Motorists and pedestrians should never assume a snowplow driver can see them. Snowplow drivers have limited sight distances, with the wing blades of the vehicle obscuring their side views. The size and weight of snowplows make it very difficult to maneuver and stop quickly. Snow blowing from behind the plow can severely reduce visibility or cause “whiteout” conditions. Motorists should not attempt to pass snowplows or follow too closely. The safest place for motorists is well behind the snowplows where the roadway is clear and salted.


Some of the most important tips for safe winter driving include:



  • Never follow a snowplow too closely or attempt to pass one. Remember that the highway ahead of the plow is usually snow-covered;
  • Adjust speed for road conditions and maintain a safe distance from other vehicles;
  • Schedule extra time for winter travel and be patient during ice and snow removal operations;
  • Assume that bridge surfaces are slippery, as they freeze more quickly than road surfaces;
  • Be wary of black ice, which can be difficult to see but makes conditions slippery when pavement temperatures are below freezing;
  • Have a cell phone handy, if possible, but do not text while driving; distracted driving is illegal and becomes even more dangerous during storm events;
  • Never venture from your vehicle if snowbound;
  • Equip your car with emergency supplies including sand, shovel, flares, booster cables, rope, ice scraper, portable radio, flashlight, blankets and extra warm clothes;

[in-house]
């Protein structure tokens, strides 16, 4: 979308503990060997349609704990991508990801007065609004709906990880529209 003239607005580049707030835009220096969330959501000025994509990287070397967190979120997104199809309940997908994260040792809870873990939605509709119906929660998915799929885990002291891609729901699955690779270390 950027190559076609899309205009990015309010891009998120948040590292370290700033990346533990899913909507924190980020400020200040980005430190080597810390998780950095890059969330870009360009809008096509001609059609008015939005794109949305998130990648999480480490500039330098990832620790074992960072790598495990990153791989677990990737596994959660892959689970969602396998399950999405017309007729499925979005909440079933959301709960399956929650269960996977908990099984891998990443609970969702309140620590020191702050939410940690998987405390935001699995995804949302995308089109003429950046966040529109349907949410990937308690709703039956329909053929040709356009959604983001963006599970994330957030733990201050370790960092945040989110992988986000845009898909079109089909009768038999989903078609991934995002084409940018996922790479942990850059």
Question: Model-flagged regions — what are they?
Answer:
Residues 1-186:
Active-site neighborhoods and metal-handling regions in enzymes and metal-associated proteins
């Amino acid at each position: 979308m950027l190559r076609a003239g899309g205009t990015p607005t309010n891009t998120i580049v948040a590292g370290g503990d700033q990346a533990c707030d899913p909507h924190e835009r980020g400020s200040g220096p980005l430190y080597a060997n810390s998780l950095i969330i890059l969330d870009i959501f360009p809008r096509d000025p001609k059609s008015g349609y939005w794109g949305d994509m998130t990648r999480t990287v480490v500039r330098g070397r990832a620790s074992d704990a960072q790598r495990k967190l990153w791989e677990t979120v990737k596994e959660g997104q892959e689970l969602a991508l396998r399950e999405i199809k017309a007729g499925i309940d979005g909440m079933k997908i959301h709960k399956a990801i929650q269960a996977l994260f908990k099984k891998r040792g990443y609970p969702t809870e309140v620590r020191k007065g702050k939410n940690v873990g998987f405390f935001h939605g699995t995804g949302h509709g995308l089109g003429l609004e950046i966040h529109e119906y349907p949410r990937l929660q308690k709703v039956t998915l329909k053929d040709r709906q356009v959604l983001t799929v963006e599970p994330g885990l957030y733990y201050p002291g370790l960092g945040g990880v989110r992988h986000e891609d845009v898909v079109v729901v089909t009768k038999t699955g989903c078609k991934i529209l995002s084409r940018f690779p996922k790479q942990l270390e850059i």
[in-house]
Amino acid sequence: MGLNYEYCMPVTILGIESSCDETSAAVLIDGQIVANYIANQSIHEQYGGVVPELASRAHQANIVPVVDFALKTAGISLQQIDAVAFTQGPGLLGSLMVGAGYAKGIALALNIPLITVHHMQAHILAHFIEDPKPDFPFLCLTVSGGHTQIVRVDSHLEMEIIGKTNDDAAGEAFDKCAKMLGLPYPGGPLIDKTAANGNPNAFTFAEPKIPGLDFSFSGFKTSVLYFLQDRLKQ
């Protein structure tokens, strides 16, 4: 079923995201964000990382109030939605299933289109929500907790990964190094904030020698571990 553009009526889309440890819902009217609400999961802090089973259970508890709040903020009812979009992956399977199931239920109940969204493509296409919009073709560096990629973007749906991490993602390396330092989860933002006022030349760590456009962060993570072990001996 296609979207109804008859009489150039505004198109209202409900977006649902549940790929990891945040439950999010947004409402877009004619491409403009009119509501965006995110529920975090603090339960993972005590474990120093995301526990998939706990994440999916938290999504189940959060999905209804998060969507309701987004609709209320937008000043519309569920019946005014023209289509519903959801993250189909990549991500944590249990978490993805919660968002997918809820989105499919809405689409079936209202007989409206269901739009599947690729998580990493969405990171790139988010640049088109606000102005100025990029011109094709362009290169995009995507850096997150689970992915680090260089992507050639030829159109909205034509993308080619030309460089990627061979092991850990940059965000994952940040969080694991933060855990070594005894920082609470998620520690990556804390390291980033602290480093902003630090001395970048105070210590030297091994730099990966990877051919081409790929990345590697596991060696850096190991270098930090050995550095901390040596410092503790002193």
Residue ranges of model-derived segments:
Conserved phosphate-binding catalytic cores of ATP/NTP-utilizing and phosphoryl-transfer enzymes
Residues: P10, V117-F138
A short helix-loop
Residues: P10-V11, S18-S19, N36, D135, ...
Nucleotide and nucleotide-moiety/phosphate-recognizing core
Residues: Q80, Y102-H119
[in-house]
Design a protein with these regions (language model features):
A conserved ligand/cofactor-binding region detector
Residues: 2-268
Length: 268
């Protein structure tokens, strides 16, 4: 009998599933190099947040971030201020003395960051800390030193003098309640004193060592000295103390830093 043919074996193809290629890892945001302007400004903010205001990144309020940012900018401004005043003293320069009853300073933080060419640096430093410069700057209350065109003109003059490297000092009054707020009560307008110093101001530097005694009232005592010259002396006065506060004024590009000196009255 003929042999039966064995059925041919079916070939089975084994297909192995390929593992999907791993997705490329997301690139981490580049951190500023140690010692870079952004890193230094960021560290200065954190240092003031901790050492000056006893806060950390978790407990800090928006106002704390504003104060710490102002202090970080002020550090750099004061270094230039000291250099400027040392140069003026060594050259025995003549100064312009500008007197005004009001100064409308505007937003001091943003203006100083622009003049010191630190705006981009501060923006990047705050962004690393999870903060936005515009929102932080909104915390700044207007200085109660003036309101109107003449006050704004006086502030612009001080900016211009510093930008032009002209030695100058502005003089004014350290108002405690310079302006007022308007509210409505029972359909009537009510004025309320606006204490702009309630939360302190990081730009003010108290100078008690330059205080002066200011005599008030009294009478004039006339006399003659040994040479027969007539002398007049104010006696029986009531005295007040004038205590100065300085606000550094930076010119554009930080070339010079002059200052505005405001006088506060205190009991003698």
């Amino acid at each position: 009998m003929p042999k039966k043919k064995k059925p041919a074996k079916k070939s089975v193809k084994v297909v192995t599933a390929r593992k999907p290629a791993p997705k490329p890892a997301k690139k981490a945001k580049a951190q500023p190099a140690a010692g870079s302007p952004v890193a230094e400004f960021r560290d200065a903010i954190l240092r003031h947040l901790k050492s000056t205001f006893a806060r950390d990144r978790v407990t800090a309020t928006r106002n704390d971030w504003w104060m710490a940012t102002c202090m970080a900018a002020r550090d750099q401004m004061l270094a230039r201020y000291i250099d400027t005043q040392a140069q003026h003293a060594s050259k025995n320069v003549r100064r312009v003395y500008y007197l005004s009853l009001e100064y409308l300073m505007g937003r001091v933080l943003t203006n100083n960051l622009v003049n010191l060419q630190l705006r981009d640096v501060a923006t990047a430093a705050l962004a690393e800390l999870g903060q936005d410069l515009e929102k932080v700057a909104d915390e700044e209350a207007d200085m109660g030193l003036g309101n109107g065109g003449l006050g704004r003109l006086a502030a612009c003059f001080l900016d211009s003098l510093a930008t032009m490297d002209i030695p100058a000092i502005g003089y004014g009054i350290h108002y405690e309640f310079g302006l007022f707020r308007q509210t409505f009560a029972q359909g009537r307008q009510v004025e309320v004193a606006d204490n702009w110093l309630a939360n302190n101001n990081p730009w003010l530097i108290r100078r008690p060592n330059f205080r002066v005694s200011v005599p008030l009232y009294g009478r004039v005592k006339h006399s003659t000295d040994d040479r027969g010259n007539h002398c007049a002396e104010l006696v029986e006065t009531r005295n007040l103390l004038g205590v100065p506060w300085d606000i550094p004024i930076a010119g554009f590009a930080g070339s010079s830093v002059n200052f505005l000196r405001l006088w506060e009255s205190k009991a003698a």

• Inform a responsible person of your destination, intended route, and estimated time of arrival; and
  • Keep calm and do not panic in case of a vehicle breakdown, accident, or if you become snowbound.



Motorists should also include the following emergency items in their vehicles:



  • Flashlight with extra batteries
  • Charged cell phone and automobile charger
  • Basic first-aid kit
  • Blankets or sleeping bags
  • Extra clothes, including rain gear, boots, mittens, and socks
  • Windshield scraper and brush
  • Fire extinguisher
  • Shovel
  • Sand, road salt and/or cat litter for traction
  • Tire chains or traction mats
  • Basic tool kit, including pliers, wrench, and screwdriver
  • Tow rope
  • Battery jumper cables
  • Road flares/reflectors
  • Brightly colored cloth (to use as a flag)
  • Road maps



For real-time traffic and road condition updates, Thruway travelers are encouraged to visit, sign up for TRANSAlert emails at, or follow @ThruwayTraffic on Twitter. Also for more information and to sign up for free alerts about hazardous travel conditions in your area, go to For weather forecasts, visit National Weather Service – Albany at .


Thruway travelers can also find useful information on the Highway Advisory Radio (HAR) stations which broadcast traffic advisories, road conditions, and safety tips 24-hours-a-day. HAR frequencies can be found at


NYSDOT provides a travel advisory system that features real-time travel reports and can be accessed by phone at 511 or online The Web site features a color-coded map indicating which state roads are snow covered, ice covered, wet, dry, or closed to help travelers determine if travel is advisable. The system provides real-time snow and ice conditions for interstates and other heavily traveled roads, as reported by snowplow operators.